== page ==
There are no data available on dermal absorption or on acute dermal toxicity of ethylene distearate. On the basis of the following considerations, the dermal absorption of ethylene distearate is considered to be low. Regarding the molecular weight of 594.99 g/mol and a calculated octanol/water partition coefficient of > 10 (Müller, 2011) in combination with the low water solubility, a low dermal absorption rate is anticipated. Log Pow values above 6, like for ethylene distearate, will slow the rate of transfer between the stratum corneum and the epidermis and therefore absorption across the skin will be limited and uptake into the stratum corneum itself is slow. Furthermore, QSAR calculation using EPIwebv4.1 confirmed this assumption, resulting in a very low Dermal Flux of 4.63E-9 mg/cm2 per h.

Furthermore, available data on acute dermal toxicity of three substances of the Glycol Ester category (Fatty acids, C18 and C18 unsatd. epoxidized, ester with ethylene glycol (CAS 151661-88-0); Butylene glycol dicaprylate / dicaprate (CAS 853947-59-8) and Octanoic acid ester with 1,2-propanediol, mono- and di– did not show signs of systemic toxicity, resulting in LD50 values > 2000 mg/kg bw (CAS 31565-12-5, Potokar, 1989; Mürmann, 1992a,b). In addition, irritation and sensitisation studies with ethylene distearate showed no irritating effects to skin and eyes and no signs of systemic toxicity were determined in respective studies (Wnorowski, 1991a,b; Bouffecoux, 1995; Elder, 1982; Jones, 1984; Müller, 1982; Parcell, 1990; Elder, 1982).

Overall, taking into account the physico-chemical properties of ethylene distearate, the QSAR calculation and available toxicological data on ethylene distearate, the dermal absorption potential of the test substance is anticipated to be very low.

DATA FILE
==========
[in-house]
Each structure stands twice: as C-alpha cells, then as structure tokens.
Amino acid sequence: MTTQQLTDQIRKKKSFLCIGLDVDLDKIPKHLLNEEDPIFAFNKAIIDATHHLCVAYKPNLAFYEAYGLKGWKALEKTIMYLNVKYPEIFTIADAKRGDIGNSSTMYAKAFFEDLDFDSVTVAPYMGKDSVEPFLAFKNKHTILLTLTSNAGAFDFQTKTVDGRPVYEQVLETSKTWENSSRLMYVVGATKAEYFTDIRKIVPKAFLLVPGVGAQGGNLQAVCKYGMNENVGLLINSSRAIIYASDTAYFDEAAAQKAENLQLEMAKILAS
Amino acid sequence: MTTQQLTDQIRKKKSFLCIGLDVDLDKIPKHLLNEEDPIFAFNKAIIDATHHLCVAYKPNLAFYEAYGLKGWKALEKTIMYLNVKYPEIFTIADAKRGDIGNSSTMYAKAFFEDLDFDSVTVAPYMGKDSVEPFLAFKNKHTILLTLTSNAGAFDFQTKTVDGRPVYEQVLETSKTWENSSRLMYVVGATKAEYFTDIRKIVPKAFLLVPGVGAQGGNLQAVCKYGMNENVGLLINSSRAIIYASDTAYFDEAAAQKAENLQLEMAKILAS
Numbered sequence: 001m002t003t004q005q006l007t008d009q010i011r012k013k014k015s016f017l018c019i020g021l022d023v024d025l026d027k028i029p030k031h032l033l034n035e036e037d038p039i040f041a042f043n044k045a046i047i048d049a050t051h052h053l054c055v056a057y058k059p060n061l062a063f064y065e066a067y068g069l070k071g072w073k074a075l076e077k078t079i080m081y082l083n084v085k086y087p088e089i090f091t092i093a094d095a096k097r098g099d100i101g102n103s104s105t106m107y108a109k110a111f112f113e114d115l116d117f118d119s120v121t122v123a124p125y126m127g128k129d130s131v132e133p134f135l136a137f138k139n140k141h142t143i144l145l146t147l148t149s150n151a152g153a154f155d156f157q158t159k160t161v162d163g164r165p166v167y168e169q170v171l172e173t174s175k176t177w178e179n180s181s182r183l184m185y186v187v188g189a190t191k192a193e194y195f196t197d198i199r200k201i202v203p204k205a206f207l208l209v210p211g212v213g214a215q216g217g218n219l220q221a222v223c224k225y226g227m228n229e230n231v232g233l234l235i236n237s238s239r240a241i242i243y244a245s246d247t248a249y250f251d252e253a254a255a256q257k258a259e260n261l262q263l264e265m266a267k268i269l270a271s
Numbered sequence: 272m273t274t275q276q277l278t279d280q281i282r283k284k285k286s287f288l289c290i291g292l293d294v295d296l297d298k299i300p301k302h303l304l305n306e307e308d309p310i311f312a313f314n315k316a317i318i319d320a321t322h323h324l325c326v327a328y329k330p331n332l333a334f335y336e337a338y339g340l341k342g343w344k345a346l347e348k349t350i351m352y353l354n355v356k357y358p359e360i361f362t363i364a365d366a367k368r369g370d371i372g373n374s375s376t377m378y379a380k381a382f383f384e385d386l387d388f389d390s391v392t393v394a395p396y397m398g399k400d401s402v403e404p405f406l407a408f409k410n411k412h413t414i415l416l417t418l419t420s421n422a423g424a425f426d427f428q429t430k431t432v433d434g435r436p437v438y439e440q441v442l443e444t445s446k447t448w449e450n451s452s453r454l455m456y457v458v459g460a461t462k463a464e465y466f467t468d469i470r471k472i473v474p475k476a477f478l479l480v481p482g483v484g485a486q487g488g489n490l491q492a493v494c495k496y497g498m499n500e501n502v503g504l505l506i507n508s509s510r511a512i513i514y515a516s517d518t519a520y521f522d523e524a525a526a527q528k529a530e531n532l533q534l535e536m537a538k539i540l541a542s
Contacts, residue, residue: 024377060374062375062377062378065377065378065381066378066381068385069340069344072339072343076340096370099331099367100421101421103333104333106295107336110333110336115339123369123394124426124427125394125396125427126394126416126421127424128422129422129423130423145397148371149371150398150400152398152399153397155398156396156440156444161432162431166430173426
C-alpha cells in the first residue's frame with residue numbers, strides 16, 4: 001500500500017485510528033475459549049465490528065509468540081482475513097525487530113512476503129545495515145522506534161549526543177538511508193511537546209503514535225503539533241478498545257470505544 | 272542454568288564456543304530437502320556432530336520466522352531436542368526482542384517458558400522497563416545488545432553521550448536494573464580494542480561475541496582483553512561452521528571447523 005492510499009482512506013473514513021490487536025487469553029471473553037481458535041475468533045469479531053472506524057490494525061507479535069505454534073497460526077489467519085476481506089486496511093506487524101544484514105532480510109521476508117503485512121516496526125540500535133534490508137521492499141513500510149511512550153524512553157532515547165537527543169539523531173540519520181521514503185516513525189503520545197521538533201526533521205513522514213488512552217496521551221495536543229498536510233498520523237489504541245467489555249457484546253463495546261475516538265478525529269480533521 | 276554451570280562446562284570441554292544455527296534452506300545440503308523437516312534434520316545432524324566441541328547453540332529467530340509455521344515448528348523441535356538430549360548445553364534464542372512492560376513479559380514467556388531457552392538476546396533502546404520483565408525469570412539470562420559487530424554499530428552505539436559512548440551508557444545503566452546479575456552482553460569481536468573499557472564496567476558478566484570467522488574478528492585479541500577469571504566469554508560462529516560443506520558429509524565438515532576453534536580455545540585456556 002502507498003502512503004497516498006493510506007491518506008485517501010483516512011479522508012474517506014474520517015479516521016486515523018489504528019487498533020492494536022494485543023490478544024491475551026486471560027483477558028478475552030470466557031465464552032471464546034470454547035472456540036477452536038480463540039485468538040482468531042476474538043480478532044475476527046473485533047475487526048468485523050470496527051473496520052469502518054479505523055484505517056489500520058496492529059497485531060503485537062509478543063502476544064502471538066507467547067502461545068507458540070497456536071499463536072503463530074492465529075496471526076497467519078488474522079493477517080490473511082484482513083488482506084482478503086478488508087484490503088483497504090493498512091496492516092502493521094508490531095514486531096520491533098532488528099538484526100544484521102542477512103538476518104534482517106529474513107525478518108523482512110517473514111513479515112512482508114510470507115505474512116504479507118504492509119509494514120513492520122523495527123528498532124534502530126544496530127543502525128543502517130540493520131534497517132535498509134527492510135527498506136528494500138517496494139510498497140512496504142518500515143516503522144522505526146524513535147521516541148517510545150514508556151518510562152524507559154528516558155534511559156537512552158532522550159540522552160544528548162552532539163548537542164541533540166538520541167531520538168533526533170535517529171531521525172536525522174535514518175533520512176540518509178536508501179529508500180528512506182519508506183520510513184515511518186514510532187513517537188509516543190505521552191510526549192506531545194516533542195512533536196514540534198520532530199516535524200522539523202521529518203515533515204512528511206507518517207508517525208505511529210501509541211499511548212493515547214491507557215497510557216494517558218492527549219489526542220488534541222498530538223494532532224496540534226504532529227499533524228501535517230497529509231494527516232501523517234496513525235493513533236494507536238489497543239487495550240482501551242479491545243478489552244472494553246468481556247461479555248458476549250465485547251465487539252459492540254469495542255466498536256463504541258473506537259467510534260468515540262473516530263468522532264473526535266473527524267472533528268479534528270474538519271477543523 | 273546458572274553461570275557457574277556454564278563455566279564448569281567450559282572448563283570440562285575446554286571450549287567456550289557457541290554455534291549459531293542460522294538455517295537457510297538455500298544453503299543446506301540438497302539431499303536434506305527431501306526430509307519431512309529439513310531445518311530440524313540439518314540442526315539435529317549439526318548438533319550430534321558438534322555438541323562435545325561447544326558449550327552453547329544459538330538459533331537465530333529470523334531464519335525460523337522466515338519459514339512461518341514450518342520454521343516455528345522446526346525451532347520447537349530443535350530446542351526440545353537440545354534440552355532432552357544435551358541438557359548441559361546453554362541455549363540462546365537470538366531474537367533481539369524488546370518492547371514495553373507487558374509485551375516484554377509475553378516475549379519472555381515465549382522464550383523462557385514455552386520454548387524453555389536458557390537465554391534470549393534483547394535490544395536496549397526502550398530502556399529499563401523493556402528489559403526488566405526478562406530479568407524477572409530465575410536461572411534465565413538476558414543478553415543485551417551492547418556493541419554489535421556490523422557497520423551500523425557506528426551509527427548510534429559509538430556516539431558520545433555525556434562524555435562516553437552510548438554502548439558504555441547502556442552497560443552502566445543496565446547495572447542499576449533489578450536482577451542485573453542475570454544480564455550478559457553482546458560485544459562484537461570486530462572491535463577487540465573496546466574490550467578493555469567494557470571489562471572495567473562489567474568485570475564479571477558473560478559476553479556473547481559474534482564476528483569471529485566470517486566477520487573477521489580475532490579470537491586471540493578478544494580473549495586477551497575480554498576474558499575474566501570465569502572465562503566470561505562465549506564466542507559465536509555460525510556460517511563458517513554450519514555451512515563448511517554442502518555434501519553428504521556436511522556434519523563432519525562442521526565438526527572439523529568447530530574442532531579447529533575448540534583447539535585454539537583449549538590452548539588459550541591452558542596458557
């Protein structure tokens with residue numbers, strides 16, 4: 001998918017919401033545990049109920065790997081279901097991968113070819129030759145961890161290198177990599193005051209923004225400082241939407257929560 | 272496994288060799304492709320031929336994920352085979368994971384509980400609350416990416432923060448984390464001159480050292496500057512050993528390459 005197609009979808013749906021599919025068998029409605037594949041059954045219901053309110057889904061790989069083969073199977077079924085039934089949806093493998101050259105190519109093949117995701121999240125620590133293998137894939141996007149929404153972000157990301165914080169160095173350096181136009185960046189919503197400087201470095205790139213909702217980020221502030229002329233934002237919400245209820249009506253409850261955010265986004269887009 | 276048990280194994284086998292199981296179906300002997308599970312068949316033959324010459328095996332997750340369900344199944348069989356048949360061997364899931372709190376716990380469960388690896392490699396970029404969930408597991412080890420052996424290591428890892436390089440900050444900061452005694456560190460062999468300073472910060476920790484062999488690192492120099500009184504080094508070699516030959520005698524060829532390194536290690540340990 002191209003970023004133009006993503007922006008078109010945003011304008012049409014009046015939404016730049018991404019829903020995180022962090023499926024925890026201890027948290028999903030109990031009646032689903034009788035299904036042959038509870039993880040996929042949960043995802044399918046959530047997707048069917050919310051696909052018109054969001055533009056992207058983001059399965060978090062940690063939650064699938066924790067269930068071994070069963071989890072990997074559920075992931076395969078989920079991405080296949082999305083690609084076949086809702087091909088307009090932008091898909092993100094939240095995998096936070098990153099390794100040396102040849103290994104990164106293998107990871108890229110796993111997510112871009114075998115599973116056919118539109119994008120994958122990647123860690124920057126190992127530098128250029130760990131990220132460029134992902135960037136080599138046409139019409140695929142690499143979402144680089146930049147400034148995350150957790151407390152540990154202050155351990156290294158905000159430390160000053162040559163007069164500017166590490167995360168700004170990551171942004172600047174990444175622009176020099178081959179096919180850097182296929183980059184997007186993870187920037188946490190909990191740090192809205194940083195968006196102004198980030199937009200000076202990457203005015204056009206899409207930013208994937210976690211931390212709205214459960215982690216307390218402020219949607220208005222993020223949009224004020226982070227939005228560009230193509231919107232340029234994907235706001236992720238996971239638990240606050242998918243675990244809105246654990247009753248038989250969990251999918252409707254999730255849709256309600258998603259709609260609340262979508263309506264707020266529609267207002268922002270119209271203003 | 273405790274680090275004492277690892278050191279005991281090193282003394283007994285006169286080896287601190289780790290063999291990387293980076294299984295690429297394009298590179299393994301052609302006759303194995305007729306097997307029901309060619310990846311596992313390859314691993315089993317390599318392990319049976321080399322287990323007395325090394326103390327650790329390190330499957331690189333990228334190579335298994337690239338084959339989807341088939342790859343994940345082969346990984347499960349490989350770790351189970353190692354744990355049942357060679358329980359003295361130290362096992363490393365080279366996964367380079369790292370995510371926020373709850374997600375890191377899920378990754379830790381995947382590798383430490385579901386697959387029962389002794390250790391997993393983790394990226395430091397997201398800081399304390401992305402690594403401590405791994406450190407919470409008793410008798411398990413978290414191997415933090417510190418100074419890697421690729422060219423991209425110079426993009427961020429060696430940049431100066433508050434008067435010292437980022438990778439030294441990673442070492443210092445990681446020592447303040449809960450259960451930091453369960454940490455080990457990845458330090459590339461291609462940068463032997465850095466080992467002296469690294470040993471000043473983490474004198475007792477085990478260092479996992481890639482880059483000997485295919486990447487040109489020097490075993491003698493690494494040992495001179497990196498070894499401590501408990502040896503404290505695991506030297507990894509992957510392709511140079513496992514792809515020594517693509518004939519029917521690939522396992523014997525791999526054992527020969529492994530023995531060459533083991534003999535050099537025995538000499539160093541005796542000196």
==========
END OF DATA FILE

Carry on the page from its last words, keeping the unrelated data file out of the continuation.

Ethylene distearate has a very low vapour pressure of 2.36E-15 Pa at 20 °C thus being of low volatility (Nagel, 2011). Therefore, under normal use and handling conditions, inhalation exposure and thus availability for respiratory absorption of the substance in the form of vapours, gases, or mists is not significant.

However, the substance may be available for respiratory absorption in the lung after inhalation of aerosols, if the formulated substance is sprayed. In humans, particles with aerodynamic diameters below 100 μm have the potential to be inhaled. Particles with aerodynamic diameters below 50 μm may reach the thoracic region and those below 15 μm the alveolar region of the respiratory tract (ECHA, 2008).

As discussed above, absorption after oral administration of ethylene distearate is driven by enzymatic hydrolysis of the ester bond to the respective metabolites and subsequent absorption of the breakdown products. However, in the respiratory tract the required enzymes for hydrolysis are not expressed as high as in the GI tract.

In addition, the acute inhalation studies with the category member Decanoic acid, mixed esters with octanoic acid and propylene glycol in rats and guinea pigs did not show any mortality or systemic toxicity after inhalative exposure (Re, 1978a,b).